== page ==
Saturday, February 22, 2014

E.B. Aycock: Greenville, NC

Edwin Burtis Aycock 
            Dr. Aycock was a Medical Doctor and general practitioner for 26 years. Born in Fremont, North Carolina August 13, 1909, he was greatnephew of Governor Charles B. Aycock. Dr. Aycock’s education included an undergraduate degree from University of North Carolina in 1930, and then his M.D. from McGill University in Montreal, Canada. Aycock arrived in Greenville, North Carolina in 1939. During World War II saw Dr. Aycock serve in the U.S. Army Medical Corps he was discharged in 1946. Aycock’s career as a general practitioner in Greenville was marked by an unending devotion to assisting young people, as well as others throughout Pitt County.
            Throughout his career, Dr. Aycock would attend J.H. Rose athletic events in order to look after High School athletes at their games. The J.H. Rose High School Monogram Club established a annual award for the citizen who had done the most for high school athletes. The initial award was given, Dr. Aycock; thereafter it was known as the Aycock Award. But Dr. Aycock’s legacy is not limited to assisting his patients on and off the football field. Dr. Aycock used his influence in the community to have lighting installed for the first time at both the Eppes Football Field as well as lighting at Guy Smith Stadium. Additionally, Aycock also worked to raise money for the construction of Ficklen Stadium at East Carolina University. Other positions of leadership that Aycock held included being on the Greenville City Schools Board and also time spent as the Chief of Staff of Pitt County Memorial Hospital.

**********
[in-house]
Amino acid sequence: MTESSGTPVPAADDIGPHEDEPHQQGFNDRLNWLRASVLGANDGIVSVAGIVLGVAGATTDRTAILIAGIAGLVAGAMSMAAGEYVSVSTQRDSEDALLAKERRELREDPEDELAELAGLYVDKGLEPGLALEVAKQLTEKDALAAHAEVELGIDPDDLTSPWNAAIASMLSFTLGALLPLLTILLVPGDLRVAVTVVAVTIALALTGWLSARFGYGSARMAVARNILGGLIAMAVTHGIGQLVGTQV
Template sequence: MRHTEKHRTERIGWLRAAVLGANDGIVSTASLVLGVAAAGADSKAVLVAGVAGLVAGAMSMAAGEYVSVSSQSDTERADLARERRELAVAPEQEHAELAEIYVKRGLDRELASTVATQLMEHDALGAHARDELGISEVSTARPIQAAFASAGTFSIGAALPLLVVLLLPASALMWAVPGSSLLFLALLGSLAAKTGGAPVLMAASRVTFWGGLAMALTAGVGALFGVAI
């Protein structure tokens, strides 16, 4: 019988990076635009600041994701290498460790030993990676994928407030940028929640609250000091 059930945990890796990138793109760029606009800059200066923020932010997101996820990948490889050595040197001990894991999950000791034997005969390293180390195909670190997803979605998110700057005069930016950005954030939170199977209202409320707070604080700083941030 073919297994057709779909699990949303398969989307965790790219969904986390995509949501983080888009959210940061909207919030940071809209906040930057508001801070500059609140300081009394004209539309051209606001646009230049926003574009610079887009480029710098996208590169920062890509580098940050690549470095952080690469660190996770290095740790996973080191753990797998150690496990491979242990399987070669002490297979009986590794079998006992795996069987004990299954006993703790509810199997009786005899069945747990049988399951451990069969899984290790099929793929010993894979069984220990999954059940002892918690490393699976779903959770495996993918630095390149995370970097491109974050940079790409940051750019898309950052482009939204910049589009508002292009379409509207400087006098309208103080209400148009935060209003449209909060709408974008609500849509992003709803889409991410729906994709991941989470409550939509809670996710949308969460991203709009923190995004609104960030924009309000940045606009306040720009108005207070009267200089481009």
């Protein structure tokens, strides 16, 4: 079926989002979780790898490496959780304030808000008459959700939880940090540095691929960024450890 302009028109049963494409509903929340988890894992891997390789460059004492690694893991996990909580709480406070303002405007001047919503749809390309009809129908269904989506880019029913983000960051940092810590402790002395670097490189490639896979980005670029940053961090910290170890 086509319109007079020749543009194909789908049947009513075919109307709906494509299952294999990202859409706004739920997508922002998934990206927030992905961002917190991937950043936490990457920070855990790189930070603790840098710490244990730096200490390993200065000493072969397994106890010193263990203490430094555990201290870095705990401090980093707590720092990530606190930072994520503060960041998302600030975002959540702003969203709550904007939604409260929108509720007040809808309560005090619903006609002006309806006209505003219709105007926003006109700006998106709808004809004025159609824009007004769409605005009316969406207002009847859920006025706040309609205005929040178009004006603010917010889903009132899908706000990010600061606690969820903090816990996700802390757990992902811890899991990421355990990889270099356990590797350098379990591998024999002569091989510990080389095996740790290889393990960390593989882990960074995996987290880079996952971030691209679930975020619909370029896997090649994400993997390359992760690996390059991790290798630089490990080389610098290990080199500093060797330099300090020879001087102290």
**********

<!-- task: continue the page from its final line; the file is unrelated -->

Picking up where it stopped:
As a physician, Aycock bemoaned the already apparent decrease in the number of general practitioners in the medicine. Aycock said: “The fracturing of the human body into more and more specialties tends to destroy the doctor-patient relationship that is so important. It takes time for a patient to build confidence in his physician, time isn’t there when he has to go from one physician to another. Too often, too, the specialist fails to see the whole human being because he is so engrossed in his speciality….”
E.B. Aycock School dedication was on December 7, 1969. It was said at the ceremony that “Every child, parent and teacher through the years will look with pride at the new E.B. Aycock Junior High School and will remember proudly the notable contribution of Dr. E.B. Aycock for whom the school is named. . . for his work for the betterment of all people.”

author: Steven A. Hill

Sources: (Dr. E.B. Aycock: Pitt County General Practitioner by Jane Hall News and Observer, Raleigh May 3, 1964. “Dedication of E.B. Aycock, pamphlet. Dec. 7, 1969)

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